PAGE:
The illustration on the cover of German business daily Handelsblatt on Wednesday morning fairly well encapsulates the way the US federal government shutdown is being perceived across the Atlantic. The Statue of Liberty stands bound in chains, her torch hand hanging listlessly by her side. Across it reads the headline: "The Blocked World Power."
Many Germans have found it hard to understand American lawmakers' inability to resolve their budget disagreements in time to prevent a shutdown of all nonessential government services, which went into effect at midnight on Monday night. "What Washington currently offers up is a spectacle, but one in which the spectators feel more like crying," writes the conservative daily Frankfurter Allgemeine Zeitung.
"Because Republicans and Democrats, House and Senate, Congress and president could not agree on a stop-gap budget, hundreds of thousands of federal employees were sent on involuntary leave and many agencies were forced to shut down," continues the editorial. "The main actors in this dispute, which brings together many factors, both ideological and political, took a huge risk and, unhindered, proceeded to validate everyone who ever accused the political establishment in Washington of being rotten to the core -- by driving the world power into a budgetary state of emergency. The public is left wondering how things could have been allowed to get to this point and why there is so much poison in the system."
Elsewhere, German commentators asked whether a similar government shutdown could happen in Berlin, where Chancellor Angela Merkel is currently embroiled in drawn-out talks over Germany's federal budget between her conservatives and their probable coalition partner, the center-left Social Democrats. "The American situation is not at all comparable with the Germans," Professor Henrik Enderlein, a Berlin-based expert on political economy, assured news agency DPA on Wednesday. The article went on to characterize the shutdown as a "specifically American problem," a sentiment echoed by other media outlets.
Yet it was clear to many that the fallout would be far-reaching. "The whole world pays for America's shutdown," reads a headline in the right-leaning daily Die Welt above an article about the consequences on the German economy. In the article, several prominent German economists registered disapproval. "If the Americans shoot themselves in the foot right now, it is highly dangerous for the entire global economy, and of course for the German export economy," warned Anton Böner, president of the Federal Association for German Wholesalers and Foreign Trade.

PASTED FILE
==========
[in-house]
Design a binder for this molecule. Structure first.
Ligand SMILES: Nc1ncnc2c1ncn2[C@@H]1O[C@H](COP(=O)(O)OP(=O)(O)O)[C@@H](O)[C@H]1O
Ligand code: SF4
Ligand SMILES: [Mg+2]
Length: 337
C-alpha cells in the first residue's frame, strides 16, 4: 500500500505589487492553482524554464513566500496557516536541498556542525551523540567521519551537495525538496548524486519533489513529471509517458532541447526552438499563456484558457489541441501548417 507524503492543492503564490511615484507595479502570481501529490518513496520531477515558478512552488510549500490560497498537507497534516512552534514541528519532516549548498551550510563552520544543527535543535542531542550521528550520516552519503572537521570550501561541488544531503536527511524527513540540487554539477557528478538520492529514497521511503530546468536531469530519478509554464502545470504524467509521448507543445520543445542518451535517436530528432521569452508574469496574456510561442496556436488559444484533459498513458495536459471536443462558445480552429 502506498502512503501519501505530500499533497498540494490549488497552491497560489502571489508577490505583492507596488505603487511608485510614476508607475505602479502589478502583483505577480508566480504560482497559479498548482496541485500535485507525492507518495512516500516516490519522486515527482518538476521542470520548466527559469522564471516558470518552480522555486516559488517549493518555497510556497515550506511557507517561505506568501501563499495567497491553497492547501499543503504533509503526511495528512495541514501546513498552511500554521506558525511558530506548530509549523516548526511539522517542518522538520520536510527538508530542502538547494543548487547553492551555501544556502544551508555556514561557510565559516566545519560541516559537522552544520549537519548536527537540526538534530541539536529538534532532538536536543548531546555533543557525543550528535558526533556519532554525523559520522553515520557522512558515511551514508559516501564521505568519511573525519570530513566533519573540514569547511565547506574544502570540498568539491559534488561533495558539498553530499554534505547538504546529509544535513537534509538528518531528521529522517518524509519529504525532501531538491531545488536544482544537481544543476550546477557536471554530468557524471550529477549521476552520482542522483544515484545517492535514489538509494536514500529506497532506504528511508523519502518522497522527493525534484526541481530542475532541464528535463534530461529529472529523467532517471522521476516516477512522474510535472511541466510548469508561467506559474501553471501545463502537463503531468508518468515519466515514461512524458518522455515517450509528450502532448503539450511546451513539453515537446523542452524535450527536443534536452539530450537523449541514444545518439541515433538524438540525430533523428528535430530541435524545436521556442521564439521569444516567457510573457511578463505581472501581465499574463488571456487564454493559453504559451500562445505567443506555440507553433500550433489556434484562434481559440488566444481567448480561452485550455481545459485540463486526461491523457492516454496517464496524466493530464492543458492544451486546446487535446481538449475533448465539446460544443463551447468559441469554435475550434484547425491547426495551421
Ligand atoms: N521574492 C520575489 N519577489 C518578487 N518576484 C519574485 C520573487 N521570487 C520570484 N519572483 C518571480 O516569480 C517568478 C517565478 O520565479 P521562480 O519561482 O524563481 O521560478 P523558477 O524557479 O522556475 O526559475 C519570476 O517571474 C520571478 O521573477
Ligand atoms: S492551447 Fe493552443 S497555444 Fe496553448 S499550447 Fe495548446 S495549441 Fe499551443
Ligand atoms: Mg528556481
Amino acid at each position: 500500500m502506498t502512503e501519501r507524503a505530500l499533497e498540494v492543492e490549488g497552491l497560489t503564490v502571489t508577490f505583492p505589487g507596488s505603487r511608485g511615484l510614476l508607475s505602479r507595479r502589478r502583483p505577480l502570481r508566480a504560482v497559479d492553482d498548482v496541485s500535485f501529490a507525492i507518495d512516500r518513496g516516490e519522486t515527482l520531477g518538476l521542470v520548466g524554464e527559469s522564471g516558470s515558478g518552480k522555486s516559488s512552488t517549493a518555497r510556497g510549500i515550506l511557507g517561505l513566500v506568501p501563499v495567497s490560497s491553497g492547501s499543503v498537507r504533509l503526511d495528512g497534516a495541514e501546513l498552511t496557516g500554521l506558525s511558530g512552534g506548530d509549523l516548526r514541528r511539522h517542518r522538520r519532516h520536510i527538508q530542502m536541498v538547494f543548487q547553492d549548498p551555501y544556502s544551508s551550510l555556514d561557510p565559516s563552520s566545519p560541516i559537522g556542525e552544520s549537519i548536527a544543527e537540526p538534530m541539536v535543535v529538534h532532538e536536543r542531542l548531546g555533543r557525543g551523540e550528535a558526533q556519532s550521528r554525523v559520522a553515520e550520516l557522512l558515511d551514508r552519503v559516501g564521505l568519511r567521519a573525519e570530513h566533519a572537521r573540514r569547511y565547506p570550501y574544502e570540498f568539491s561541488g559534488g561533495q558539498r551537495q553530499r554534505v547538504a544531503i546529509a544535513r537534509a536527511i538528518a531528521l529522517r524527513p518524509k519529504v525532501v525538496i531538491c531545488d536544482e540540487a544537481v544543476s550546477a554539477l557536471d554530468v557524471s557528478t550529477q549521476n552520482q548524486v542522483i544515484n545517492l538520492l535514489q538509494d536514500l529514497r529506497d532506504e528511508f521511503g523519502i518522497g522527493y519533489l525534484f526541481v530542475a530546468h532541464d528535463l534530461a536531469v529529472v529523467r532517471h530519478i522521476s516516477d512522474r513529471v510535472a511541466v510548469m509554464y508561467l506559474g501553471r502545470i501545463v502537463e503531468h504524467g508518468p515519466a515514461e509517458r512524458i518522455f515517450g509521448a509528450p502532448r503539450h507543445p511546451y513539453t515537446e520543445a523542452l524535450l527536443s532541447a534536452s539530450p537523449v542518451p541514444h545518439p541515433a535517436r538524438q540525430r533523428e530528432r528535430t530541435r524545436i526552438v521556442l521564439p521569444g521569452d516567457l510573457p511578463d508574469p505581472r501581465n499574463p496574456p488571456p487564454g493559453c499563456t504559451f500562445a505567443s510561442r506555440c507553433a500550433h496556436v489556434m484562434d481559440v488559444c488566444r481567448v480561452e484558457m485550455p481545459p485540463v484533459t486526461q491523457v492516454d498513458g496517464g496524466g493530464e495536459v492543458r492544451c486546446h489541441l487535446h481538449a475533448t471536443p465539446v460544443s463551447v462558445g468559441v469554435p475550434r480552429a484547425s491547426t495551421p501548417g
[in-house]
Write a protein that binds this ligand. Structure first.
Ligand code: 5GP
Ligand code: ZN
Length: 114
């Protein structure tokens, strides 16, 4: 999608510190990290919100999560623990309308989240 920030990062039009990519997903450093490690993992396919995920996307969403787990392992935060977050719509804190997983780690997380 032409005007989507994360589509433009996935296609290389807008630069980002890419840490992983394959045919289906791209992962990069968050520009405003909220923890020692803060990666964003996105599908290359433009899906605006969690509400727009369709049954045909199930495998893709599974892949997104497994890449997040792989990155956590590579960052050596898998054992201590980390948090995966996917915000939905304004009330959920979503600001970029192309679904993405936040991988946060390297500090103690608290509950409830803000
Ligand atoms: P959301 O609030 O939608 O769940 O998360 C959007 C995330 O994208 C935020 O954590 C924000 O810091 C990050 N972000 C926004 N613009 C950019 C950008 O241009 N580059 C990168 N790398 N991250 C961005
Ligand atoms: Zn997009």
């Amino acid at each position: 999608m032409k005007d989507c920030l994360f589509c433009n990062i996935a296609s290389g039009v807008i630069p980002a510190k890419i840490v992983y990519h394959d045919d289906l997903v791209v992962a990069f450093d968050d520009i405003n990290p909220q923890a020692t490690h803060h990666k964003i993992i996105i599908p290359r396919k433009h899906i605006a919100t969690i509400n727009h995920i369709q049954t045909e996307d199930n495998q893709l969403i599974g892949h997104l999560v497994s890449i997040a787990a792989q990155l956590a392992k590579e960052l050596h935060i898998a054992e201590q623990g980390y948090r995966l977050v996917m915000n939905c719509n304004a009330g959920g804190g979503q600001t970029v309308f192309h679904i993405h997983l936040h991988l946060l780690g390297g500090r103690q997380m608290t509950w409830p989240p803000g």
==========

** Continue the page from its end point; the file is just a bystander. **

The 'Kamikaze Party'
The overwhelming consensus among the German press is that the Republicans are the most to blame for the gridlock. In a Tuesday commentary, SPIEGEL ONLINE's Gregor Peter Schmitz dubbed them the "kamikaze party." He attributed the gridlock to America's mercenary political culture -- where directly elected lawmakers run for re-election every two years and campaigns are privately financed -- as well as to the lack of party infrastructure compared to Germany's parliamentary model with its publicly funded campaigns.
"It's circumstances like these," writes Schmitz, "that explain why a brigade of Republicans conduct themselves like a bunch of Berlusconis -- as enemies of the state from within who want to cripple the country because that's the desire of their conservative voters at home."
When it came to the Tea Party wing of the Republican Party, the German press was not pulling any punches. "There are fundamentalists within the world's largest democracy: The hardline wing of the Republican Party are once more crippling the United States," writes Nuremberg's Nachrichten. The Tea Party movement, it concludes, "does not engage in democracy, but in dogmatism."
"Here are fundamentalists at work who hold up their country to ridicule to advance their pure doctrine," wrote a commentator in Collogne's Stadt-Anzeiger. "What a tragedy!"
'Self-Destruction' of a Democracy
Munich's national Süddeutsche Zeitung offers a slightly more depressing take, pointing blame at all sides. "What has already been apparent in America for a few years now is the self-destruction of one of the world's oldest democracies. And the great tragedy here is that this work of destruction isn't being wrought by enemies of democracy, greedy lobbyists or sinister major party donors. America's democracy is bring broken by the very people who are supposed to be carry and preserve it: the voters, the parties and the politicians."
The argument? The Republicans who have brought Washington to stillstand are repeatedly and democratically elected by voters and given a mandate to block. The parties themselves are fomenting an increasingly radicalized culture that deepens political, societal and geographic divisions in the country, argues the newspaper. And finally, there are few politicians in America who are willing or capable of thinking beyond their own electoral constituencies.
"At the moment, Washington is fighting over the budget and nobody knows if the county will still be solvent in three weeks," the paper concludes. "What is clear, though, is that America is already politically bankrupt."